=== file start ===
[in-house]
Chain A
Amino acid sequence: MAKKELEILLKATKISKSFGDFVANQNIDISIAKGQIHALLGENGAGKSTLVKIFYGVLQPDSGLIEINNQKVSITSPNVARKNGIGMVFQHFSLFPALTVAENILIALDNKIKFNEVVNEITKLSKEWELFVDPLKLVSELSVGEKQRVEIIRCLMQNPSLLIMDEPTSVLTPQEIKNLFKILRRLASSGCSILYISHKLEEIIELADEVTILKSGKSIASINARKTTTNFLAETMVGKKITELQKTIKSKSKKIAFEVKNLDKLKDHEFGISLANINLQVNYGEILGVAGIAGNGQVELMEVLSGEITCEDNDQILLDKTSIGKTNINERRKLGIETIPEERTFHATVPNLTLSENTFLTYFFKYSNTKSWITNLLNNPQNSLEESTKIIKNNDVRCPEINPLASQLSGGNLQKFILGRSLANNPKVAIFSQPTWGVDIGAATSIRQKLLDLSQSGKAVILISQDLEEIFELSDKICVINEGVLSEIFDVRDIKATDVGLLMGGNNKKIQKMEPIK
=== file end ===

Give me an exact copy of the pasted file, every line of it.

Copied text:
[in-house]
Chain A
Amino acid sequence: MAKKELEILLKATKISKSFGDFVANQNIDISIAKGQIHALLGENGAGKSTLVKIFYGVLQPDSGLIEINNQKVSITSPNVARKNGIGMVFQHFSLFPALTVAENILIALDNKIKFNEVVNEITKLSKEWELFVDPLKLVSELSVGEKQRVEIIRCLMQNPSLLIMDEPTSVLTPQEIKNLFKILRRLASSGCSILYISHKLEEIIELADEVTILKSGKSIASINARKTTTNFLAETMVGKKITELQKTIKSKSKKIAFEVKNLDKLKDHEFGISLANINLQVNYGEILGVAGIAGNGQVELMEVLSGEITCEDNDQILLDKTSIGKTNINERRKLGIETIPEERTFHATVPNLTLSENTFLTYFFKYSNTKSWITNLLNNPQNSLEESTKIIKNNDVRCPEINPLASQLSGGNLQKFILGRSLANNPKVAIFSQPTWGVDIGAATSIRQKLLDLSQSGKAVILISQDLEEIFELSDKICVINEGVLSEIFDVRDIKATDVGLLMGGNNKKIQKMEPIK